The earliest days of life could determine if risky genes will go on to trigger cancer, scientists claim.
Some breast cancers depend on oestrogen to fuel their growth
Genes such as BRCA1 and BRCA2 for breast cancer significantly increase the risk of developing the disease, but not all carriers develop tumours.
A University of Texas study on rats suggested exposure to the hormone oestrogen just after birth could determine if tumours will develop.
The research is in the Proceedings of the National Academy of Sciences.
It suggests exposure to oestrogen may reprogramme tissue and set it on a path towards the eventual development of disease.
The researchers studied female rats which were genetically predisposed to develop uterine leiomyoma, the same kind of benign fibroid tumours that many women have.
Typically, around 65% of rats with this defect go on to develop these tumours.
Some of the animals studied were exposed to DES (diethylstilbestrol), a drug once used to prevent miscarriage, three to five days after they were born - a crucial period in the development of their reproductive tract - while others were not.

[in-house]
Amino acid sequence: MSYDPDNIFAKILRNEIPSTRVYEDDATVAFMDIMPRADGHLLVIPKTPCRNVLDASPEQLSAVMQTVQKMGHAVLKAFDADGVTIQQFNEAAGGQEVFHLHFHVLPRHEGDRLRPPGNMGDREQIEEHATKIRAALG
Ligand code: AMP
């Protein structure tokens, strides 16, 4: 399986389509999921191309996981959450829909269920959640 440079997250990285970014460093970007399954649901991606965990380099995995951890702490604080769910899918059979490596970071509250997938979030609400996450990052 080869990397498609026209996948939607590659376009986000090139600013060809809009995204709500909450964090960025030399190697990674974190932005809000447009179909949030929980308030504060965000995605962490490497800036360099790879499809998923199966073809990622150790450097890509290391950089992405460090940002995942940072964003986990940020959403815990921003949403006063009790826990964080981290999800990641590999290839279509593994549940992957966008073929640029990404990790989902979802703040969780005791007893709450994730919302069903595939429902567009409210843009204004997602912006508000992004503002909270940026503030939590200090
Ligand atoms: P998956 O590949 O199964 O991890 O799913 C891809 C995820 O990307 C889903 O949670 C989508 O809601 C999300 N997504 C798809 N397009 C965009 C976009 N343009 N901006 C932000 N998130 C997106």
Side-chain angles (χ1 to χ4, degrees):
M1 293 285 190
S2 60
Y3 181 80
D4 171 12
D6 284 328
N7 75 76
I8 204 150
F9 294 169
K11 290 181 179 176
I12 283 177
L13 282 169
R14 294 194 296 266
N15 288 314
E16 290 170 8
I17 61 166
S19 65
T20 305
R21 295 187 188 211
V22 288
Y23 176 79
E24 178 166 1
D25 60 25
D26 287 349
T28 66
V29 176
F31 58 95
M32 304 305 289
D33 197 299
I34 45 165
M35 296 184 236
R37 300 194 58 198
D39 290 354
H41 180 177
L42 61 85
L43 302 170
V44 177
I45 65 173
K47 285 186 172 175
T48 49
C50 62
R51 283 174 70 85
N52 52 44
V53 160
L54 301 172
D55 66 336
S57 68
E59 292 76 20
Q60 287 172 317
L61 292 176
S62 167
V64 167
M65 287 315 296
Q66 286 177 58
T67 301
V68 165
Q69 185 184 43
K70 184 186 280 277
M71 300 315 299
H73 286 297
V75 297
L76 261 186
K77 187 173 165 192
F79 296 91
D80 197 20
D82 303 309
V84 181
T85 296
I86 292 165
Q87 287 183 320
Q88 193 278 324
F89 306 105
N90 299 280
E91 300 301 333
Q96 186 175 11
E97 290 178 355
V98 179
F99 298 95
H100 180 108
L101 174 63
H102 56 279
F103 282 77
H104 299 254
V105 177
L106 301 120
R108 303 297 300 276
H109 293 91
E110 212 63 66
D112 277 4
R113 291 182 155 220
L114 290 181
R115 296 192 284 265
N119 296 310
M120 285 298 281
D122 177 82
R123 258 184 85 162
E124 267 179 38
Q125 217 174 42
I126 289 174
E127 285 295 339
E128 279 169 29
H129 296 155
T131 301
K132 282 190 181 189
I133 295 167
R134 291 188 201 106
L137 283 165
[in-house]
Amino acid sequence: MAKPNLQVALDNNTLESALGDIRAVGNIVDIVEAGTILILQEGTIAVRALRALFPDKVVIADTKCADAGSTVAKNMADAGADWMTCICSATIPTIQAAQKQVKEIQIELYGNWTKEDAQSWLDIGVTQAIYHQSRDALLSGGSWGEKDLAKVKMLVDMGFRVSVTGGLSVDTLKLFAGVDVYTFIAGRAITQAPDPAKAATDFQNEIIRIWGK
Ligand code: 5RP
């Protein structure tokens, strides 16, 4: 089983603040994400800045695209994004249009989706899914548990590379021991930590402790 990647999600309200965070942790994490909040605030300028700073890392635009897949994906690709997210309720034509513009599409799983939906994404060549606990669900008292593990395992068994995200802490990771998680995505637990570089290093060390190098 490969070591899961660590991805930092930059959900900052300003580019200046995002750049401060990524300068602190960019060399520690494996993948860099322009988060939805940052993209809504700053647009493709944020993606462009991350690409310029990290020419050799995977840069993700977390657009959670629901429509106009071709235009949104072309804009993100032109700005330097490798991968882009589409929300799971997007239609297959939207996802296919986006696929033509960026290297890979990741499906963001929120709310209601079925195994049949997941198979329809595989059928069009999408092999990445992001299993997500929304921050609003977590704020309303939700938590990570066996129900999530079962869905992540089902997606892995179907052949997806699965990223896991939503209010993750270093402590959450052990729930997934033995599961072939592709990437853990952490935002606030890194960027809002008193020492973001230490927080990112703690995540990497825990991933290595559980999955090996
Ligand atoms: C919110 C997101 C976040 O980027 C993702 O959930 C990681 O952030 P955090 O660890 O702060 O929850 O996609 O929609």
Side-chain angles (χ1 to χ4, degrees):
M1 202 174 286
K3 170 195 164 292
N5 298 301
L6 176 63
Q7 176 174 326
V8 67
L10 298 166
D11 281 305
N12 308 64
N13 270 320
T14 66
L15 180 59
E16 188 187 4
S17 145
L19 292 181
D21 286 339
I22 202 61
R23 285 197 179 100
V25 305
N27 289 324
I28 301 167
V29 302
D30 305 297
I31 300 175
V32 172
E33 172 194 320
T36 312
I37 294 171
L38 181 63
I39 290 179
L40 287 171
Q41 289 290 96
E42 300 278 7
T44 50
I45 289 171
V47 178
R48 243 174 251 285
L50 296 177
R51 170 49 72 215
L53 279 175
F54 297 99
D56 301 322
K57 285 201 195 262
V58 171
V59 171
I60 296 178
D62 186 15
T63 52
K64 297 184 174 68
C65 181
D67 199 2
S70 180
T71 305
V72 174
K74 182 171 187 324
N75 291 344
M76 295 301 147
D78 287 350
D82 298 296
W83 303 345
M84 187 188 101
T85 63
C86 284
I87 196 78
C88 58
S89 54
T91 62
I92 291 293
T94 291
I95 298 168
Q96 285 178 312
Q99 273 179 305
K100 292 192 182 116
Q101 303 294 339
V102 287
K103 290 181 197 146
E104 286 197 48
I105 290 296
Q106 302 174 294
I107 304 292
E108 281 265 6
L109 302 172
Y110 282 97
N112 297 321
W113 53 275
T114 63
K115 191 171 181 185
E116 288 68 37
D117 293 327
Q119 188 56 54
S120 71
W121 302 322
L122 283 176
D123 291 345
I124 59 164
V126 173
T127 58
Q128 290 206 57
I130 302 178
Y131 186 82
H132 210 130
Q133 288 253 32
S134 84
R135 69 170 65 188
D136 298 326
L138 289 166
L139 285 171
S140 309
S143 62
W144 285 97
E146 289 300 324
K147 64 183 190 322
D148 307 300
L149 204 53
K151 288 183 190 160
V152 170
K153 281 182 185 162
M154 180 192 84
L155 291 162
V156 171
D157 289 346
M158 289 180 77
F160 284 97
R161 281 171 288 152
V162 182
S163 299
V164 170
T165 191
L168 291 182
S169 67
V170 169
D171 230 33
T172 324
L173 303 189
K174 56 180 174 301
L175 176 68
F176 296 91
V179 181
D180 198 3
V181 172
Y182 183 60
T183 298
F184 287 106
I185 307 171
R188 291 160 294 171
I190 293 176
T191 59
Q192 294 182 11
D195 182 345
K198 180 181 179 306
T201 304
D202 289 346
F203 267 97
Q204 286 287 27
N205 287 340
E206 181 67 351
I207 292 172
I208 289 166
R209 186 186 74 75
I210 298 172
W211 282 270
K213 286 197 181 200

DES is oestrogenic, which means it works on the body in the same way as natural oestrogen hormones.
A third group of rats, which had already developed the cancer without exposure to DES were also studied as a comparison to the other animals.
The researchers found that by the time rats exposed to DES had reached adulthood (16 months of age) virtually all of them had developed leiomyoma.
The tumours were larger and more numerous than in rats who had developed the tumours naturally.
In contrast, none of the DES-exposed rats that lacked the genetic defect developed tumours by 16 months.
The team suggests the DNA of DES-exposed animals had been modified in a way that changed how genes responded to oestrogen, causing them to be hypersensitive to the effects of the hormone.
The researchers say this provides the first evidence that exposure to oestrogen early in development can "reprogramme" tissue in a way which determines whether or not tumours will develop in adulthood.
The team, led by Professor Cheryl Walker, said its findings were likely to be relevant for people who inherited defective tumour suppressor genes that made them susceptible to a number of different cancers.
They said it could, for example, explain why some women who inherited BRCA1/2 gene defects developed breast cancer as adults while other women with the same genes remained disease-free.
Professor Walker said: "The kind of developmental reprogramming we see from this work could represent an important determinate of risk in people genetically susceptible to hormone-dependent tumours, such as uterine, breast and prostate cancer.
The team says more work is needed to support the theory human cancer risk is affected in the same way.
But Professor Walker added: "This study suggests that for gene-environmental interactions, the timing of the exposure may be critical, and it may happen much earlier than anyone ever suspected."